To give a woman the vote, according to a U.S. senator in 1866, would be to put her "in an adversary position to man and convert all the now harmonious elements of society into a state of war, and make every home a bell on earth" (Rosenberg 1992; emphasis added). Here is an attitude that providessome insight into the difficulty of women's struggle for equality. And nowhere has this struggle been more visible than in the workplace, as generations of women have historically fought to create harmony between their jobs both inside and outside the home. Although the level of participation by women in the work force has fluctuated during the 1900s, their contributions and progress cannot bediscounted.
The economic contributions of women have increased substantially over the past century as the influx of women into the workplace has swelled. The recently released Department of Labor report, Workforce 2000, noted that by the end of the century women will constitute nearly half of the work force. This is more than twice the rate of participation recorded in the early 1900s, when just over21 percent of the work force was women (Edwards et al. 1991).
Several factors have contributed to this more than double the number of working women over the past century. Such technological innovations as washing machines and dishwashers have freed them from the time-consuming tasks necessary to managing the home environment. The fertility rate has steadily declined and has recently leveled off.Medical advances have shortened the amount of time spent caring for sick children. The rise in single-parent families and the increasing need for dual-income households to maintain reasonable living standards have made incomegenerating work less a choice than a necessity for most women.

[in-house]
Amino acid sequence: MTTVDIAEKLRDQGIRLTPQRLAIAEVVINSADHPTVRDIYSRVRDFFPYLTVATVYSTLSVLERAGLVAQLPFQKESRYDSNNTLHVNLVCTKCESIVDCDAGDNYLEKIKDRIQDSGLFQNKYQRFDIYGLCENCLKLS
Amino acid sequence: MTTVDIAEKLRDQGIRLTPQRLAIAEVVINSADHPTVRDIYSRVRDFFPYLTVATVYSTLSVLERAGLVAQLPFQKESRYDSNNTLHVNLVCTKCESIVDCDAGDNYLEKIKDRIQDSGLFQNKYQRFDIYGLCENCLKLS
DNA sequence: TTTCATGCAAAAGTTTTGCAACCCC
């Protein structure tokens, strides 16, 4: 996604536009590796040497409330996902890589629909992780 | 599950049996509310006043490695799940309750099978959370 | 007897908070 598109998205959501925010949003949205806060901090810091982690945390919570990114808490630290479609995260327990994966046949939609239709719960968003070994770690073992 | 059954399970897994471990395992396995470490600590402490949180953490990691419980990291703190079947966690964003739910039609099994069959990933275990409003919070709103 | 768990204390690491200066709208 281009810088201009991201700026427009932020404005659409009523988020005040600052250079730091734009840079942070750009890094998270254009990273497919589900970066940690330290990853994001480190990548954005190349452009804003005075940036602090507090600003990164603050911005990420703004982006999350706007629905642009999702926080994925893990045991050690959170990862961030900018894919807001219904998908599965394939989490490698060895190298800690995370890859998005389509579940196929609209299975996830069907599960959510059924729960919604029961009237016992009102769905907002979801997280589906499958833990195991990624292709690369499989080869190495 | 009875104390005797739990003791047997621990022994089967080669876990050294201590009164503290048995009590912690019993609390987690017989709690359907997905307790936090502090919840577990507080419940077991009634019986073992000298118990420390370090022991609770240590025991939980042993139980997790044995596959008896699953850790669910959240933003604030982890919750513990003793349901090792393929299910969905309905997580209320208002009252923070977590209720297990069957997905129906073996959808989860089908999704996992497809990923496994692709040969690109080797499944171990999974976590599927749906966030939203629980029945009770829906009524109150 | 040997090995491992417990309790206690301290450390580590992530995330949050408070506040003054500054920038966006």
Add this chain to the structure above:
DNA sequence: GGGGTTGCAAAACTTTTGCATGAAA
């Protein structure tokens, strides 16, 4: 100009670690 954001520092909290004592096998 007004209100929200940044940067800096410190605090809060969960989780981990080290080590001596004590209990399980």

Although for many of us our most vivid memories of progress begin with the social and sexual revolution of the1960s, working women are clearly not a novelty of the past 30 years. Little progress was realized, however, until this struggle affected middle- and upper-class women seeking advancement into the professional ranks--a trend that has risen since the 1920s. Until the 1960s, however, the contributions of these work force participants were typically transitory. Women worked while they were young andunmarried. Two world wars provided employment opportunities for them. With marriage and peace, however, women exchanged their jobs in the marketplace for those in the home.
To begin to understand the evolution of the role of American women, we must appreciate the difficulty of cultural change, as found in the barriers to progress. At the same time, we must recognize and capitalize on thosefactors that have enabled progress.
A Chronology of Progress
Rosenberg (1992) recently chronicled the history of working women in America during the twentieth century. Until very recently, women were largely considered a reserve work force used to fill positions that were either undesirable, because of low pay or status, or needed in times of crisis, such as that experienced during times of war. Dr.Alice Hamilton, a physician in the early 1900s and one of a handful of pioneers in the women's movement, commented on this mentality, noting that "[tlhe American man gives over to the woman all the things he is profoundly disinterested in, and keeps business and politics to himself."
Whereas approximately 40 percent of unmarried women over the age of 14 worked for wages in 1900, the overallparticipation of women as a percentage of the work force was 21.2 percent. The typical woman's experience involved working while she was a young woman living under her parents' roof--but only until she got married, whereupon she assumed responsibility for the care and maintenance of the home.
Women who sought a life independent of men had few options. Typically they were relegated to communities of...